Northumberland Wildlife Trust has received £70,000 from DEFRA and the Environment Agency to fund work on two rivers – the Lyne and the Blyth in South East Northumberland.
Both rivers have failed the European Union’s Water Framework Directive (WFD) which commits all European Union member states to achieving good quality water. The Water Framework Directive sets standards to ensure its quality for humans to drink and as a habitat for fish.
Northumberland Wildlife Trust is adopting a two-pronged approach to the project which will run throughout the whole of this year. Firstly, working closely the Wild Trout Trust, a team of conservation officers will undertake a ‘walkover’ survey along the river banks to identify the physical issues which caused the rivers to fail the inspection – these could include river bank erosion, problems with weirs and culverts or even livestock grazing into the river.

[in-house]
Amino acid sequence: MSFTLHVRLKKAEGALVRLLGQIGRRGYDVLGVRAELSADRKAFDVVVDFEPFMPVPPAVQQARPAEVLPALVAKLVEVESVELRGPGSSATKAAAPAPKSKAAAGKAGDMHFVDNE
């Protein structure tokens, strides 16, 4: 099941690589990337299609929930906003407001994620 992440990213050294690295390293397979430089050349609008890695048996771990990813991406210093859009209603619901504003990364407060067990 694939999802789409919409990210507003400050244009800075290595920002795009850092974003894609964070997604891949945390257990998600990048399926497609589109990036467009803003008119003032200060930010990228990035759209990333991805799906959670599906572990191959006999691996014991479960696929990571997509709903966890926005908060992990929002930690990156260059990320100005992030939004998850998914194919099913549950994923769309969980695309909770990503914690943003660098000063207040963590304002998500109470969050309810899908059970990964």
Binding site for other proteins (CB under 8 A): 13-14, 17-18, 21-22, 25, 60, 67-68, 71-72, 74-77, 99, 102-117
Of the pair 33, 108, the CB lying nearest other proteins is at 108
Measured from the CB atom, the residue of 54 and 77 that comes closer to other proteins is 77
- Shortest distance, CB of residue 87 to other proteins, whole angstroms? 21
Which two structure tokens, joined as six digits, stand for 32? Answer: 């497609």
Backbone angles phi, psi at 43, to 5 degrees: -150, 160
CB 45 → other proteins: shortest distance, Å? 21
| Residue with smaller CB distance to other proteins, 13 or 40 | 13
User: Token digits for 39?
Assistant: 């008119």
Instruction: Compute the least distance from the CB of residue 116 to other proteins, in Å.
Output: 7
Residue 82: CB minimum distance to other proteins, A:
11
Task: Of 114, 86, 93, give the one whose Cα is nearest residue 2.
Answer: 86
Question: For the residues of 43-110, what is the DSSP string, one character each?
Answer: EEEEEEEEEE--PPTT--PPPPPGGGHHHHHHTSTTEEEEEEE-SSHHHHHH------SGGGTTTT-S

Once the causes have been identified, teams will work with local landowners, businesses and anglers and carry out a range of measures including planting trees, stabilizing river banks use using willow spiling techniques or the installation of fences to stop livestock wandering into the water.
This project links in with a Living Waterways Project, again funded by the Environment Agency, which is involved in the clean up of parts of Seaton Burn and Brierdene Burn in Newcastle and North Tyneside.
Steve Lowe, Head of Conservation at Northumberland Wildlife Trust said: “It is unfortunate that these rivers have failed the standard but luckily, the Environment Agency has been able to provide the funding to begin to correct what has caused the failure. As head of the conservation team, I am looking forward to working with landowners, angling clubs and communities to put things right.”
He continued: “We have a very good working relationship with the Environment Agency and the Living Waterways Project which works to combat flood alleviation in the Region, ties in very nicely with what we will be doing here.”